The kallot almost all remarked on the rapport that they had with the woman guiding them. "Sari suits her explanations to the kallah who is sitting across from her. She accepted me as I am, did not interrogate me, and did not try to press her opinions on me," wrote one. "I really enjoyed the meetings and with joy will be happy to come to more." Another teacher described the material as "fascinating and moving," and her madricha as "a wonderful woman, warm and cordial, who knows exactly how to teach." "I enjoyed it so much and I'm so happy I came to Lahav," wrote one economist. She expressed her "surprise" at her desire to keep the mitzvos she had just discovered.
The impact of the madrichot is not accidental. Each of the 500 madrichot was already an experienced teacher, and has been carefully screened. The eight-session preparatory class includes a detailed discussion of what to teach from Rabbi Yisroel Gans, a wide range of material on relationships, and classes on the mindset of a secular woman approaching the sessions. The teachers are highly committed – over 200 teach 7-8 kallot a year for free.
Lahav demonstrates a point I have made frequently: When chareidi and secular Israelis meet, with open hearts and in an atmosphere of mutual respect, they can connect at a deep level. And when the secular member of the relationship understands how the Torah approach works in one area of life, he or she is often willing to explore further. Lahav has provided a model that would allow such a relationship with 24,000 secular couples annually. We must not miss the boat.
Look Who's Dancing
George Exantus did not dance at the recent Israel Pride Parade in New York City. The U.S. consul in Port-au-Prince, Haiti refused him a visitor's visa. But he could have danced, and that itself is a modern-day miracle.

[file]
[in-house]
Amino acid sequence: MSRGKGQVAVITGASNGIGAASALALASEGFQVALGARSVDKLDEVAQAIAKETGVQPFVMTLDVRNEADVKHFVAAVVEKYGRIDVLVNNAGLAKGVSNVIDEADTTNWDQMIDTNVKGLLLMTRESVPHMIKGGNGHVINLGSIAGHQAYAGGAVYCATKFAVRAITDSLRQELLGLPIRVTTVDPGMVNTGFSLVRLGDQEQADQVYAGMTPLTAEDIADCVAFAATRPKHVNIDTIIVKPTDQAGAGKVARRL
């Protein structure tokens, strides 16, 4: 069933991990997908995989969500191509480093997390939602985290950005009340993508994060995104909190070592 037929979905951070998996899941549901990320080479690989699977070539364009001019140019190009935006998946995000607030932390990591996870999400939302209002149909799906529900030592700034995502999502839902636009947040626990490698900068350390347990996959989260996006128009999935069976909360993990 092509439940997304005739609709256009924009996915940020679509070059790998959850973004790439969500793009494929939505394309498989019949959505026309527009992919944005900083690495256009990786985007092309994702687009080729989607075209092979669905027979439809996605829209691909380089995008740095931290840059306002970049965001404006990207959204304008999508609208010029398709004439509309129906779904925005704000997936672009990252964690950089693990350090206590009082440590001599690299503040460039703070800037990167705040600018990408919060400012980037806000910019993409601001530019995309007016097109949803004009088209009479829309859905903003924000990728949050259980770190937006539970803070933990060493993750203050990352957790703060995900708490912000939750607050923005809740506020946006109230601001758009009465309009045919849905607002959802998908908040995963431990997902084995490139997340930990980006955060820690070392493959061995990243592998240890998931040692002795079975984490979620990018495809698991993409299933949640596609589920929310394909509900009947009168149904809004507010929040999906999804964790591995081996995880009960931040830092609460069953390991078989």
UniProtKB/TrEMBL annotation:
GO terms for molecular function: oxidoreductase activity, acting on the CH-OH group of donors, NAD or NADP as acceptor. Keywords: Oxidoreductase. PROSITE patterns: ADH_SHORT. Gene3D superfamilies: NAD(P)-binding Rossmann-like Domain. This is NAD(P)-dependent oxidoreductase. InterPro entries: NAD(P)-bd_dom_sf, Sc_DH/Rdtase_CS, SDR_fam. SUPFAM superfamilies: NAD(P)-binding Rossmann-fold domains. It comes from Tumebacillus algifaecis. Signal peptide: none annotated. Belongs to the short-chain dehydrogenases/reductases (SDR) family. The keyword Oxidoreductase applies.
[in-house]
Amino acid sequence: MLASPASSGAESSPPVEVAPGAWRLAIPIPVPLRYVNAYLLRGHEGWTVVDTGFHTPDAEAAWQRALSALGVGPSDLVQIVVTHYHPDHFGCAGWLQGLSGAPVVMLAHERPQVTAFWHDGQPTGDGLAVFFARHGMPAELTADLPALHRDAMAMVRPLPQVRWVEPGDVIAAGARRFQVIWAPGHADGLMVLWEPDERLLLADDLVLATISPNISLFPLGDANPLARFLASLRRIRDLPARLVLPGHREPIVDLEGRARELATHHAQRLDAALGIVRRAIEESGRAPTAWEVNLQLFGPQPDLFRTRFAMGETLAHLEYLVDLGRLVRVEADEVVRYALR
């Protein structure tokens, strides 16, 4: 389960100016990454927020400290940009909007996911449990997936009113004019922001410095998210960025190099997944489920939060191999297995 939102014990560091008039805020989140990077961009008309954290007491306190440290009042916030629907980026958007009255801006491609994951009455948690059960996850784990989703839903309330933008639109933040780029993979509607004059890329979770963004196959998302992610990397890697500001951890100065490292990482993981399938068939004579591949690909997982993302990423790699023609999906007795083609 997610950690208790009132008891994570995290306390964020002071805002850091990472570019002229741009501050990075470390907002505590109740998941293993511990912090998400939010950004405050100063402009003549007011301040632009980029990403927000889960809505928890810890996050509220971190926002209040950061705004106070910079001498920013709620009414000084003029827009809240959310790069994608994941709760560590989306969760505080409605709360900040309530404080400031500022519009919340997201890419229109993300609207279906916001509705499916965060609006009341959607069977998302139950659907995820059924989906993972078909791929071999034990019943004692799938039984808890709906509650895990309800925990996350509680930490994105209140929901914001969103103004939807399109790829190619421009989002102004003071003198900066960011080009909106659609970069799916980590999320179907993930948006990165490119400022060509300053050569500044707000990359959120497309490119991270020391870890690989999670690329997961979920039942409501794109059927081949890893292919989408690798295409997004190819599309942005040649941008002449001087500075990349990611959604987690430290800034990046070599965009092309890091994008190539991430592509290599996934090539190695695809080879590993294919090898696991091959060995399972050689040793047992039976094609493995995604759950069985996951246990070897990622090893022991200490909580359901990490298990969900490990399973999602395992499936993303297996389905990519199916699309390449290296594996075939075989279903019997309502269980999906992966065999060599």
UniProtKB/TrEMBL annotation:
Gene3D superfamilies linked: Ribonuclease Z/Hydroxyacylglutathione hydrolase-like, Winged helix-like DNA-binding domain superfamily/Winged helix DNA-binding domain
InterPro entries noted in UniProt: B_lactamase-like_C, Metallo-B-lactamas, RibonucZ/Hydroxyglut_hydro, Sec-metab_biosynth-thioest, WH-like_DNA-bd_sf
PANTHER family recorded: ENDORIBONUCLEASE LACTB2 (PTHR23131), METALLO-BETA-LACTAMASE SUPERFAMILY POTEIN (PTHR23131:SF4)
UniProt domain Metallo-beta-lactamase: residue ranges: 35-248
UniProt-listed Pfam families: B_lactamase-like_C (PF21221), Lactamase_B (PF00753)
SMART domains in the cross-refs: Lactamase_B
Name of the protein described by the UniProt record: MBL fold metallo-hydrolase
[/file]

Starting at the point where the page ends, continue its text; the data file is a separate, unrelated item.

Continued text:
George was caught under the rubble of his apartment building in the early Haiti earthquake that claimed nearly 250,000 Haitians. His right leg had to be amputated below the knee; his other leg suffered deep wounds; and his right hand was crushed, making it impossible to move his wrist and difficult to maintain balance. His chances of walking normally again were small, and of resuming his career as a salsa dancer nil.
Yet eight months later, George was back on stage wearing a prosthetic leg, due to a highly sophisticated rehabilitation clinic set up by Israeli physicians and physiotherapists within three months of the disaster and further rehabilitation work in Israel. No facility capable of fitting prostheses previously existed in Haiti. Unfortunately, terror attacks and wars have given Israeli doctors world-leading expertise in fitting artificial limbs.
Israeli rescue and medical teams were among the first and largest contingent to reach Haiti – a fact studiously ignored by most of the world media, when they weren't claiming that Israeli physicians were harvesting body parts. But that's an old story. Israel set up the first field hospital in Japan after the recent tsunami. Israeli doctors came to the aid of Tutsis being slaughtered by the hundreds of thousands in Rwanda and ethnic Albanians in Kosovo. Whenever there is a major disaster anywhere in the world, Israel is at the helm of providing assistance.